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Stories are a great way to share the excitement of sci-
ence and inspire the next generation. K-12 teachers are
often looking for scientists to come to their classes and
talk about what we do. These are amazing opportuni- Atema about prehistoric flutes (see Atema, 2014, in
ties, particularly for students, to show that scientists come from diverse backgrounds and experiences. In a classroom, stories are paramount. How did you first get interested in your field? What successes and failures have you encountered during your career?
When I give talks to high-school groups, I often share that I didn’t get into grad school the first time I applied. This apparent failure is a pivotal moment in my own sci- entific story; I wasn’t admitted to the programs I thought
Acoustics Today). Atema showed us different bone flutes and then played them. I still remember this talk years later for the haunting notes of each instrument and the unique stories he shared about how he discovered ways to play the ancient instruments.
I am not saying we should never use slides; they are great visual aids for the right opportunity. For example, giving a Science Café talk about ultrasonic communication by mam- mals (see the Acoustics Today article by Kruger et al., 2021)? In that case, you’ll want a few slides with pictures of those mammals or, better yet, embedded videos showing mice or bats engaged in acoustic communication behaviors. Talking
I wanted but instead discovered Art Popper’s research
and joined his lab for my PhD, changing the direction
of my research career. Talk to your local school teachers
aboutopportunitiestoshareyoursciencestoryorvol- toseniorcitizensabouthearingaidtechnology?Yourslides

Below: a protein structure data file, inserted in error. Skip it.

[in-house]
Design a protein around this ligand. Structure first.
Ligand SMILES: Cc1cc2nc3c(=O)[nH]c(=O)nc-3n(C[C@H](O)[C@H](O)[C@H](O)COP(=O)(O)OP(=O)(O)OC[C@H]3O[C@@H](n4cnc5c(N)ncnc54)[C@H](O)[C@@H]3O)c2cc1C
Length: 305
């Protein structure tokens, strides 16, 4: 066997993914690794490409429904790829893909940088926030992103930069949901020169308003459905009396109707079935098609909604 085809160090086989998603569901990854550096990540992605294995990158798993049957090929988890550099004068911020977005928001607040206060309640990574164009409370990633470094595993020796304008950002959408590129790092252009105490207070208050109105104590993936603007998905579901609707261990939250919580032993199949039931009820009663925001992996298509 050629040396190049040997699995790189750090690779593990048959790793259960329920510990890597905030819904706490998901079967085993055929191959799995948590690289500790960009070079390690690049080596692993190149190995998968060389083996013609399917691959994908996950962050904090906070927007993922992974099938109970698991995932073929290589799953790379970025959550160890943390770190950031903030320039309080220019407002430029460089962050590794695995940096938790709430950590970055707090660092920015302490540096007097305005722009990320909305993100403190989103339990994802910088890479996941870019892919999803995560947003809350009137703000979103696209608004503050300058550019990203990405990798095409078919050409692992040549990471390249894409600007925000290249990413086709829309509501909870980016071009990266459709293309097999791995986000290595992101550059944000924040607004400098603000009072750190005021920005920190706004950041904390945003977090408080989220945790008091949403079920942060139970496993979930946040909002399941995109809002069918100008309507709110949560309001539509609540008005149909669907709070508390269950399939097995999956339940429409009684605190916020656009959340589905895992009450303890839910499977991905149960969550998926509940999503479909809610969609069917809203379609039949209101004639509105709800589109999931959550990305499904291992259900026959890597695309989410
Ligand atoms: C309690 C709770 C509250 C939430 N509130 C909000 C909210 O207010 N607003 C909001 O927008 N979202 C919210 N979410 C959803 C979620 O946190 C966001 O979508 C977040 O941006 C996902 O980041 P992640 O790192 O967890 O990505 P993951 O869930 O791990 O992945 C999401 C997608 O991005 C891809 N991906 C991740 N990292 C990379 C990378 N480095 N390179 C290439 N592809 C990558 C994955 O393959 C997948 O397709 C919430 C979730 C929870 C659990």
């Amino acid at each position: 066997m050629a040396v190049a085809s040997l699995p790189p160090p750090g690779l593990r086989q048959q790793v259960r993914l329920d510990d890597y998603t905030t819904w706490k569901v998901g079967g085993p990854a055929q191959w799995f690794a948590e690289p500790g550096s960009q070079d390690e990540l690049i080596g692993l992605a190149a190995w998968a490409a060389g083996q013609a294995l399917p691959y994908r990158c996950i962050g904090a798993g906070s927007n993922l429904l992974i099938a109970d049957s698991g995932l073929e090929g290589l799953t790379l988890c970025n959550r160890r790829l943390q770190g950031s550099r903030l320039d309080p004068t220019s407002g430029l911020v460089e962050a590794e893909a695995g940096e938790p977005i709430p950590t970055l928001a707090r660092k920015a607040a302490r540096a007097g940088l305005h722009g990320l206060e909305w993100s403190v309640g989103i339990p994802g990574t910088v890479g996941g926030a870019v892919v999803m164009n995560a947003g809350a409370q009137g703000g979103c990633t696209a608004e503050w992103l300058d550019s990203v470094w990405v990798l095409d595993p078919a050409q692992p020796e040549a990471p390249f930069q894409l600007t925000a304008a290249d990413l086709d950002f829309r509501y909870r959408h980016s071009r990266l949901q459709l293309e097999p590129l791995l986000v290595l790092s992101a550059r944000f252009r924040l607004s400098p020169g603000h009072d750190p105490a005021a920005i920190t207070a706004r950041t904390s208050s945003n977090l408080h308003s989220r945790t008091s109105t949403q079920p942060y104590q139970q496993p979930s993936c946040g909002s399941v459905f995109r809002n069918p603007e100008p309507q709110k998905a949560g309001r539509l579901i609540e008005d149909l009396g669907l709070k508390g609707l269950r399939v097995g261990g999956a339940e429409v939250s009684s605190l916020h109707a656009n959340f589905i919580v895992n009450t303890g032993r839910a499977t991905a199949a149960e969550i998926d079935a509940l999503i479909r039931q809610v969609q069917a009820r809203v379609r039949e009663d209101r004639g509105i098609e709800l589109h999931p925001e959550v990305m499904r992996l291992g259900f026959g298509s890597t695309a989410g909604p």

unteer with Skype a Scientist to connect with students around the world (see
A Note About Slides
Not all talks need slides. I’ll say that again, not all talks need slides! As scientists, our instinct is often to launch PowerPoint, Keynote, or our other favorite slide software and immediately start pulling up old talks, rearranging slides, and creating new ones.
Instead, just like we should tailor our presentation to the needs of our audience, we should design any visual aids
could show basic diagrams of some different technologies and cost comparisons to aid consumers.
If you choose to use slides, I highly recommend showing them to the event organizers or a nonspecialist friend to check the clarity and ease of understanding. As scientists, we are accustomed to taking in large amounts of information through complicated graphs. For nonspecialist audiences, graphs can sometimes reduce clarity rather than increasing it. A simple bar chart with two or three bars can be a great way to make a point but a graph overlaying audiograms of several species can get confusing. And please, don’t use a table. Tables are great for technical publications but, in my opinion, have no place in a talk. Not even a conference talk.
You can argue this point with me later.
Where to Find Training
An increasing number of US universities now offer science communication training. For example, some universities have courses specifically for graduate stu- dents, whereas others hold in-house workshops or offer science communication certificates or degrees. Courses and certificates are generally geared for graduate stu- dents, but faculty can also benefit from workshops and may find them a welcome break from endless meetings! Universities without internal training programs can hire professionals from organizations such as the Alan Alda Center for Communicating Science (see, AAAS (see, orCOMPASS( to lead training events. The Scicomm Trainers Network (see
with that specific audience in mind. Sometimes, it is best to leave the visuals out entirely and just tell a story. As a graduate student, I attended an evening talk by Jelle
  Figure 3. Classic story arc. In the beginning of a story, we describe the setting and characters. Then the action starts, rising toward a climax. Finally, the issue e.g., (quest, need for data) is resolved. Red words show how Olson’s (2015) ABT concept (see Figure 2) applies within a story framework.
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